“Our schools are fantastic. The children will catch up. In the context of all the years they’re in school, the teachers will put the resources in place. I would have great belief in that,” says Gráinne.
At her home in Ballinasloe, Co Galway mum-of-seven Sharon Dooley says she’s managing much better at homeschooling during this lockdown by being more organised.
Mum to five school-going children as well as two adult children, Sharon is feeling the pressure to try to make time for her own work. And she believes her work running her own online coaching and public speaking business is suffering as a result of so much time devoted to homeschooling.
Her three secondary school children Oisin (16), Clodagh (14) and Liam (13), as well as her two primary school children Eva (11) and Amber (9), start the school day at 9am.
While the two older children work in her home office, the other three work from the kitchen table. “It’s working well this time. But I’m not going to lie and say it’s great. I cannot wait for them to get back to school safely,” says Sharon.
After the school day is finished at 4pm for the older children and Sharon has fixed dinner, she tries to put in a few hours at her own workstation to make sure her business isn’t neglected. On Tuesdays and Thursdays, her husband Henry takes over the homeschooling while Sharon carves out some space to work.
Sharon feels that the schools are much better prepared for this lockdown and this also makes it easier for her and her husband to schedule their time.
“School starts at 9am and we’re following a timetable. I’d normally get them up at 7am and we’d leave the house at 8.20am. Now they just have to walk down the hall so they get extra time in bed. We call it a day for the younger ones at 3pm and the older ones after 4pm. Dinner is at 4.30pm,” she says.
“The secondary school uses Microsoft Teams. There’s a mix of live classes and some pre-recorded videos. They get assignments on Teams and the year head checks in with them on a scheduled call. For the younger ones, they don’t have online classes. They get an email at the start of the week outlining the whole week’s work. At 2.30pm the corrections are sent through and they correct their work”.
Sharon says having a larger family has made her more organised in general. Now she’s applying that to homeschooling. She also feels that the timetable means their days are structured and it gives the weekends a different feel. “With the numbers I have, I can’t afford to be relaxed,” she adds.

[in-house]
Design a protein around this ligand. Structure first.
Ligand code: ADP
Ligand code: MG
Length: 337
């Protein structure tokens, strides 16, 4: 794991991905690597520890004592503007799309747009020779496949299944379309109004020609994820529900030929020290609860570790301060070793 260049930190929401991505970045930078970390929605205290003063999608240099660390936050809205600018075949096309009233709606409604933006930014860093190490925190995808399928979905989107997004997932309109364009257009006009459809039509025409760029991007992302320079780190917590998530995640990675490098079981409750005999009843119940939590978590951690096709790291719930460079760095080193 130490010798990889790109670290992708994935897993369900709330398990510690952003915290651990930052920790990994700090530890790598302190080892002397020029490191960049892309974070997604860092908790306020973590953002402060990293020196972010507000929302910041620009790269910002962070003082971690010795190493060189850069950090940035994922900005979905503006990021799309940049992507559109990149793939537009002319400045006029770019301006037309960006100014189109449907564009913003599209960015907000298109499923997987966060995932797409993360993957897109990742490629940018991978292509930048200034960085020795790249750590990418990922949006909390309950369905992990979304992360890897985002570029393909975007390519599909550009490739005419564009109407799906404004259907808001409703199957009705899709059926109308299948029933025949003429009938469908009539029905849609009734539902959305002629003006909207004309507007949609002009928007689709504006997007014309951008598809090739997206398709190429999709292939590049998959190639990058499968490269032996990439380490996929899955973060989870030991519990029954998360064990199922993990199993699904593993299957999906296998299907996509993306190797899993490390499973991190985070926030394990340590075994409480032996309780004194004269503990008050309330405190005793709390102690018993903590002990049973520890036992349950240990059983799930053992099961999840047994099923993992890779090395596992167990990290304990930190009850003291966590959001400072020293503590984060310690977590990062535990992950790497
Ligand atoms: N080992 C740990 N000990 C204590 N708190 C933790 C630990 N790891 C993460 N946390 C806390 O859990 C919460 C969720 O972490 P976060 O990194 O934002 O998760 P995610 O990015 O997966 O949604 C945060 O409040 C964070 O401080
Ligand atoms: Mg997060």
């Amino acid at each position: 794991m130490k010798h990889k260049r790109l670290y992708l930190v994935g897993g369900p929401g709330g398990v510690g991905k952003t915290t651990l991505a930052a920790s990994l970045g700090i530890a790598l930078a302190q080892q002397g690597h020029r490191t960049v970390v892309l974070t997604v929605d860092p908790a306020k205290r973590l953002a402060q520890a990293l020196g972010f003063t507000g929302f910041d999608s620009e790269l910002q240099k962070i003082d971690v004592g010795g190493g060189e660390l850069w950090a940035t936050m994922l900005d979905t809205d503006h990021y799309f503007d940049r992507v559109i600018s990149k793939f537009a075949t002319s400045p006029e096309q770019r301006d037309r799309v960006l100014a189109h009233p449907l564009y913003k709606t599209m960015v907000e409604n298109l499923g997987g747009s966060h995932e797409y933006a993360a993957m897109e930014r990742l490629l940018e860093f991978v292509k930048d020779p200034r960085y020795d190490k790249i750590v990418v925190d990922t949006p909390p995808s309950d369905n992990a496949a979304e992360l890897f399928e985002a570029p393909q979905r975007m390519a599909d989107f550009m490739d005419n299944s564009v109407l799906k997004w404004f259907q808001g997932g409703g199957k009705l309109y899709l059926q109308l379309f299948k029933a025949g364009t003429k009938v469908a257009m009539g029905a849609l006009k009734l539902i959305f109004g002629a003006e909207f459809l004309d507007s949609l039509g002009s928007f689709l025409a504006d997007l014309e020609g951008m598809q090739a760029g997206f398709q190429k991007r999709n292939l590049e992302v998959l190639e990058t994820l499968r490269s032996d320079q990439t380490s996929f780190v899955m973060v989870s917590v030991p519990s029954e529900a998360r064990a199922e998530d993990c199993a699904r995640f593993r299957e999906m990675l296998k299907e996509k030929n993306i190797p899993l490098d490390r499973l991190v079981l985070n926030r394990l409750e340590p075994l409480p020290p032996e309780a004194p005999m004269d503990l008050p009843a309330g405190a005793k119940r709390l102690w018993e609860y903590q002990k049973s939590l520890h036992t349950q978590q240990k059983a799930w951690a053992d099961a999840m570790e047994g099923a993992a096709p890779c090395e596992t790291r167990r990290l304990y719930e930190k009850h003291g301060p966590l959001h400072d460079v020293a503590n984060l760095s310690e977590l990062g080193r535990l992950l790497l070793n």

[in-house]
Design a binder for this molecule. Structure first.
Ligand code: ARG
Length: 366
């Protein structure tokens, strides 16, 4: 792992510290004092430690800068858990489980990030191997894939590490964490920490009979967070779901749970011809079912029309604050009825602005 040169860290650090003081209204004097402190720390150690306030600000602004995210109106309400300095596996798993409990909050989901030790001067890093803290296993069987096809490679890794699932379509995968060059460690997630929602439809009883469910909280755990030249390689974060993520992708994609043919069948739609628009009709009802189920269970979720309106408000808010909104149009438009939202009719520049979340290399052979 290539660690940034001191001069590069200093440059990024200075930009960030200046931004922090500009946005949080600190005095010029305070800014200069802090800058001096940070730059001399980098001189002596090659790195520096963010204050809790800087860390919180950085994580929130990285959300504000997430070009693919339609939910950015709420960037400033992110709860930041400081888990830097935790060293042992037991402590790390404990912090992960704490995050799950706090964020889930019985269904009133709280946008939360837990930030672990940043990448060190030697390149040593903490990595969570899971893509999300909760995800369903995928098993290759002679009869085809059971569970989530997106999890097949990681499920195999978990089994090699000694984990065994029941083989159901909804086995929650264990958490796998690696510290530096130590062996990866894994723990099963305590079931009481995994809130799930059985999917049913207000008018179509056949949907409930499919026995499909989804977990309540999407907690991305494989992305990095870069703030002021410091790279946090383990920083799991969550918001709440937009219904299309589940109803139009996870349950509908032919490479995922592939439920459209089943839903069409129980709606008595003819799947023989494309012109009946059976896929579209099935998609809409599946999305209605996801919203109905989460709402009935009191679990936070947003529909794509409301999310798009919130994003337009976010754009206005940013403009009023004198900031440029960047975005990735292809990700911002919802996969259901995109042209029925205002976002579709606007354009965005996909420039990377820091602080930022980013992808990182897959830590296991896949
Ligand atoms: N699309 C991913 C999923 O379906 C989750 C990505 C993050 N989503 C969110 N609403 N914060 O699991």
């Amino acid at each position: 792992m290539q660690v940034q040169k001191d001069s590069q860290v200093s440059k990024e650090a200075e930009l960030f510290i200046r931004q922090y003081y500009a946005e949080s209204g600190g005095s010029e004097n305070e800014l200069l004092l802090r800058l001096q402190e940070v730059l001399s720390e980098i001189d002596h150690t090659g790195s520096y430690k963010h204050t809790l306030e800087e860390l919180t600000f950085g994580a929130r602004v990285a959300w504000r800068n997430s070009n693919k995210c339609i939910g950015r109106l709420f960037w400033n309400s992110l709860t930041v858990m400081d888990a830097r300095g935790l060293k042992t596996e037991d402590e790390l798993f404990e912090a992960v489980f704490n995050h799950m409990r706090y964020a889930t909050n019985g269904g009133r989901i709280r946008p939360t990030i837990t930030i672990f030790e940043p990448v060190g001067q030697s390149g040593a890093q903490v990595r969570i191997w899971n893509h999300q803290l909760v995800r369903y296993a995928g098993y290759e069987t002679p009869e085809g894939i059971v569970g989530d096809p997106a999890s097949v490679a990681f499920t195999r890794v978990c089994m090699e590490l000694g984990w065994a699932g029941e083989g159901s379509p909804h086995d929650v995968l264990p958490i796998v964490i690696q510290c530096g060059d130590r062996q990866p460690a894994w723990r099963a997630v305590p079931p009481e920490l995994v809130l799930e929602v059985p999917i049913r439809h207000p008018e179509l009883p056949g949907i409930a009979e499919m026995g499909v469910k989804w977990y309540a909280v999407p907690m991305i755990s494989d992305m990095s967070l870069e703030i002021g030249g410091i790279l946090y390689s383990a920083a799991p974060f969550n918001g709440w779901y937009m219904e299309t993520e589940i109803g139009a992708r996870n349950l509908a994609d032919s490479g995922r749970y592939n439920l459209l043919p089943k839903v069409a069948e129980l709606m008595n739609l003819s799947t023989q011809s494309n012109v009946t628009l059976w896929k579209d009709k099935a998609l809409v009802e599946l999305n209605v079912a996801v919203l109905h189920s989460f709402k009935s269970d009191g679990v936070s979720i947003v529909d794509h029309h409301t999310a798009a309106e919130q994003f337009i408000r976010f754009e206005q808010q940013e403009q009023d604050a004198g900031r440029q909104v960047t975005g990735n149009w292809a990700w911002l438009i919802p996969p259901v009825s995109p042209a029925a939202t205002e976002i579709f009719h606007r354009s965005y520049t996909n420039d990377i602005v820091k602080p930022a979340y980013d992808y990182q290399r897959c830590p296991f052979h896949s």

The current regime means that she’s often at her desk until late into the evening. “I do have to catch up in the evenings. But we’re surviving a pandemic — we’re getting through this. We’ll look back and ask ‘do you remember the struggles?’
Mum to Áine (13), Oisín (11) and Odhran (9), Jane Byrne from Carlow believes both parents and teachers have learned a lot from the experience of the first lockdown.
She says her two primary school-going sons are doing much better as a result of a weekly Zoom class where they get to check in with their friends and teachers.
“It’s chalk and cheese this time around. What has made the biggest change is that every Monday the boys have a Zoom call with their classes. Odhran is on at 12pm and Oisin is on at 1pm. They just chat and each person in the class gets to tell their news. They’re in very good spirits after it,” she says.
“I’d love if they did more Zoom classes. The boys ask me questions and sometimes I have to Google the answer — school is so different now. But “I feel more organised and I’m not panicky about things”.
“With the boys we know the work for the week and Odhran’s teacher is also sending out a timetable for the day. She does it in a really fun way. Oisin gets his work as well and on a Friday he sends in a voice recording of how he’s feeling,” says Jane.
However, she says she does worry about her daughter in first year because she feels that class meetings were too sporadic at the beginning. However, this has improved.
“In general, Áine is up at her desk at 9am. I get the two boys up and get their breakfast and then we sit down at the counter together. Odhran takes half an hour on the Seesaw app and it takes Oisin an hour. I check in on Áine every hour,” she adds.
With her own business closed — she runs a dance shop in Carlow town — Jane says doing an online Zoom class for two hours every week keeps her going in the midst of all the homeschooling.
“I would never give anything a 10 out of 10,” she says, referring to her experience of homeschooling second time around. “Nothing is perfect,” she adds.
“I’m doing more now because I’m working less outside the home this time around.”
“We were a little overwhelmed when we realised what was expected of our 13-year-old. However, he seems to be coping.”
“I hope the secondary doesn’t do online classes every day. The day they have online it’s full on and they don’t get time for fresh air or exercise.”
“The dreary weather, the knowledge that it is likely to go on for longer than January is a little hard. But it’s going much better than lockdown number one.”
“I am not spending time on it. My kids manage with the help of their teachers online. They love being home and feeling safe.”
“We are doing too little, for sure. Mostly they are done with school work in less than two hours.”
“My main concern is for my daughter who is doing her Leaving. Last time I had my eldest son doing the Leaving and she was in fifth year. I see her experiencing the same pressure except it is worse because she missed so much last year.”
“Fantastic. I am extremely medically vulnerable so we have been homeschooling and flying blind. Now we are finally getting instructions.”